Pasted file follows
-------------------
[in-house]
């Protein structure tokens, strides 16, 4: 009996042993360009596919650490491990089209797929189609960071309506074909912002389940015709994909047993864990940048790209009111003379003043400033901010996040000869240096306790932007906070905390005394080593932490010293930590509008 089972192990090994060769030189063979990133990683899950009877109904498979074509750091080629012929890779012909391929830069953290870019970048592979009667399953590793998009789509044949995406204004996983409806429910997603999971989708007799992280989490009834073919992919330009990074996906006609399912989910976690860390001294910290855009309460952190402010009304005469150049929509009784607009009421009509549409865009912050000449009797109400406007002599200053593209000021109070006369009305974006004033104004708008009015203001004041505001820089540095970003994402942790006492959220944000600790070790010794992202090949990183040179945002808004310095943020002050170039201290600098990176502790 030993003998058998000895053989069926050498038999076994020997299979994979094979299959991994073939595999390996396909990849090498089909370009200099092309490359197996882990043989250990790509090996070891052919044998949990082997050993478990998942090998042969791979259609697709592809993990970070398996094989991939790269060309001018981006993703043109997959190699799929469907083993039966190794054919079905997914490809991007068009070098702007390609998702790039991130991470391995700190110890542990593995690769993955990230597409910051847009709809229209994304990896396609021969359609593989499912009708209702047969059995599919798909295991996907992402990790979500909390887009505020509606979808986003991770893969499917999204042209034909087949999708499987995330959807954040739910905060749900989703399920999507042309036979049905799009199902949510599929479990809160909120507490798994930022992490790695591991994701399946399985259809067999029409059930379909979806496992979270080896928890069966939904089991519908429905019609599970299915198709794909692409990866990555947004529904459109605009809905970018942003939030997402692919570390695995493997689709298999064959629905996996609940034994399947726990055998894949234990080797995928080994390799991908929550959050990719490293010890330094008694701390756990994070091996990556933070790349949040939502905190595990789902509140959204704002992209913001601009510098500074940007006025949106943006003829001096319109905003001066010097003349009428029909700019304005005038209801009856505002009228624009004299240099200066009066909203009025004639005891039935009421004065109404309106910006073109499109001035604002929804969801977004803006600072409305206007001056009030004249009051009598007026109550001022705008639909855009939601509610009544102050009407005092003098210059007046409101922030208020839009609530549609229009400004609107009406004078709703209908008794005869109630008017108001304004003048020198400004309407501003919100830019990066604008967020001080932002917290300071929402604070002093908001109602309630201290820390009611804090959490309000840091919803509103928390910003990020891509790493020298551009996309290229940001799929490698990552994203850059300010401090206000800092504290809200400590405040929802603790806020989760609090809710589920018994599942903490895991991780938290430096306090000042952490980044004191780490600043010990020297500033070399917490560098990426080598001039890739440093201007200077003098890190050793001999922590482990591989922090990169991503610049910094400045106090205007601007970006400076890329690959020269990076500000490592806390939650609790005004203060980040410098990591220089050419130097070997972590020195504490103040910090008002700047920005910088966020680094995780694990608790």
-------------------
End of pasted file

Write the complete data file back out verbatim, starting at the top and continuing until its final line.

[in-house]
């Protein structure tokens, strides 16, 4: 009996042993360009596919650490491990089209797929189609960071309506074909912002389940015709994909047993864990940048790209009111003379003043400033901010996040000869240096306790932007906070905390005394080593932490010293930590509008 089972192990090994060769030189063979990133990683899950009877109904498979074509750091080629012929890779012909391929830069953290870019970048592979009667399953590793998009789509044949995406204004996983409806429910997603999971989708007799992280989490009834073919992919330009990074996906006609399912989910976690860390001294910290855009309460952190402010009304005469150049929509009784607009009421009509549409865009912050000449009797109400406007002599200053593209000021109070006369009305974006004033104004708008009015203001004041505001820089540095970003994402942790006492959220944000600790070790010794992202090949990183040179945002808004310095943020002050170039201290600098990176502790 030993003998058998000895053989069926050498038999076994020997299979994979094979299959991994073939595999390996396909990849090498089909370009200099092309490359197996882990043989250990790509090996070891052919044998949990082997050993478990998942090998042969791979259609697709592809993990970070398996094989991939790269060309001018981006993703043109997959190699799929469907083993039966190794054919079905997914490809991007068009070098702007390609998702790039991130991470391995700190110890542990593995690769993955990230597409910051847009709809229209994304990896396609021969359609593989499912009708209702047969059995599919798909295991996907992402990790979500909390887009505020509606979808986003991770893969499917999204042209034909087949999708499987995330959807954040739910905060749900989703399920999507042309036979049905799009199902949510599929479990809160909120507490798994930022992490790695591991994701399946399985259809067999029409059930379909979806496992979270080896928890069966939904089991519908429905019609599970299915198709794909692409990866990555947004529904459109605009809905970018942003939030997402692919570390695995493997689709298999064959629905996996609940034994399947726990055998894949234990080797995928080994390799991908929550959050990719490293010890330094008694701390756990994070091996990556933070790349949040939502905190595990789902509140959204704002992209913001601009510098500074940007006025949106943006003829001096319109905003001066010097003349009428029909700019304005005038209801009856505002009228624009004299240099200066009066909203009025004639005891039935009421004065109404309106910006073109499109001035604002929804969801977004803006600072409305206007001056009030004249009051009598007026109550001022705008639909855009939601509610009544102050009407005092003098210059007046409101922030208020839009609530549609229009400004609107009406004078709703209908008794005869109630008017108001304004003048020198400004309407501003919100830019990066604008967020001080932002917290300071929402604070002093908001109602309630201290820390009611804090959490309000840091919803509103928390910003990020891509790493020298551009996309290229940001799929490698990552994203850059300010401090206000800092504290809200400590405040929802603790806020989760609090809710589920018994599942903490895991991780938290430096306090000042952490980044004191780490600043010990020297500033070399917490560098990426080598001039890739440093201007200077003098890190050793001999922590482990591989922090990169991503610049910094400045106090205007601007970006400076890329690959020269990076500000490592806390939650609790005004203060980040410098990591220089050419130097070997972590020195504490103040910090008002700047920005910088966020680094995780694990608790």